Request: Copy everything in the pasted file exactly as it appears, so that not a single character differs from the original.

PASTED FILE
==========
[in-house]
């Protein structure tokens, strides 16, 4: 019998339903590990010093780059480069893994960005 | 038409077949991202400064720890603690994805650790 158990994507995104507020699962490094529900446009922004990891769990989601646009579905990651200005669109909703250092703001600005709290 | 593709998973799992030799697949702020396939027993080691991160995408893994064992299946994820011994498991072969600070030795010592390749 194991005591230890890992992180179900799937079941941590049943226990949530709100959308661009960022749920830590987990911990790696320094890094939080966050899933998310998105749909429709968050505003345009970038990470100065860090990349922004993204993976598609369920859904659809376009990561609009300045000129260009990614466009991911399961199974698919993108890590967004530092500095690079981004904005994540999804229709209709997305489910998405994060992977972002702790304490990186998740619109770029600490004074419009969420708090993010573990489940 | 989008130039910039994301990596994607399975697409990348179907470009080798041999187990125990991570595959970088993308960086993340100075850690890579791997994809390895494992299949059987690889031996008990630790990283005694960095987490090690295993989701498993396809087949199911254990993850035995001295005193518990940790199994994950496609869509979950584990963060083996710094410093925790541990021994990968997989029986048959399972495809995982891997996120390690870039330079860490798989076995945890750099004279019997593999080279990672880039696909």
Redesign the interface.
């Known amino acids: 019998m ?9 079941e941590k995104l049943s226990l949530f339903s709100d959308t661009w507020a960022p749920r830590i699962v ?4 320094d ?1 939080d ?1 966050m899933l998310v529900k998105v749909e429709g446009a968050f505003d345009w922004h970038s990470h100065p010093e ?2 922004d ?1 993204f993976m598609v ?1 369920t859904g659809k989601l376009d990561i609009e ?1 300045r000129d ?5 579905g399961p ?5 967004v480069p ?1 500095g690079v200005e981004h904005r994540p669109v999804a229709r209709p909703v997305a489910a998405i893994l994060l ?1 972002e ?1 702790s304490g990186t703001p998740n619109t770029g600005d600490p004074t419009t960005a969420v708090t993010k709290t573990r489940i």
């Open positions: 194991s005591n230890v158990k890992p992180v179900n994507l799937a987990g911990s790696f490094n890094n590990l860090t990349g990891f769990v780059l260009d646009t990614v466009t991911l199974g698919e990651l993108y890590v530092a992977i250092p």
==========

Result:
[in-house]
């Protein structure tokens, strides 16, 4: 019998339903590990010093780059480069893994960005 | 038409077949991202400064720890603690994805650790 158990994507995104507020699962490094529900446009922004990891769990989601646009579905990651200005669109909703250092703001600005709290 | 593709998973799992030799697949702020396939027993080691991160995408893994064992299946994820011994498991072969600070030795010592390749 194991005591230890890992992180179900799937079941941590049943226990949530709100959308661009960022749920830590987990911990790696320094890094939080966050899933998310998105749909429709968050505003345009970038990470100065860090990349922004993204993976598609369920859904659809376009990561609009300045000129260009990614466009991911399961199974698919993108890590967004530092500095690079981004904005994540999804229709209709997305489910998405994060992977972002702790304490990186998740619109770029600490004074419009969420708090993010573990489940 | 989008130039910039994301990596994607399975697409990348179907470009080798041999187990125990991570595959970088993308960086993340100075850690890579791997994809390895494992299949059987690889031996008990630790990283005694960095987490090690295993989701498993396809087949199911254990993850035995001295005193518990940790199994994950496609869509979950584990963060083996710094410093925790541990021994990968997989029986048959399972495809995982891997996120390690870039330079860490798989076995945890750099004279019997593999080279990672880039696909």
Redesign the interface.
């Known amino acids: 019998m ?9 079941e941590k995104l049943s226990l949530f339903s709100d959308t661009w507020a960022p749920r830590i699962v ?4 320094d ?1 939080d ?1 966050m899933l998310v529900k998105v749909e429709g446009a968050f505003d345009w922004h970038s990470h100065p010093e ?2 922004d ?1 993204f993976m598609v ?1 369920t859904g659809k989601l376009d990561i609009e ?1 300045r000129d ?5 579905g399961p ?5 967004v480069p ?1 500095g690079v200005e981004h904005r994540p669109v999804a229709r209709p909703v997305a489910a998405i893994l994060l ?1 972002e ?1 702790s304490g990186t703001p998740n619109t770029g600005d600490p004074t419009t960005a969420v708090t993010k709290t573990r489940i």
């Open positions: 194991s005591n230890v158990k890992p992180v179900n994507l799937a987990g911990s790696f490094n890094n590990l860090t990349g990891f769990v780059l260009d646009t990614v466009t991911l199974g698919e990651l993108y890590v530092a992977i250092p």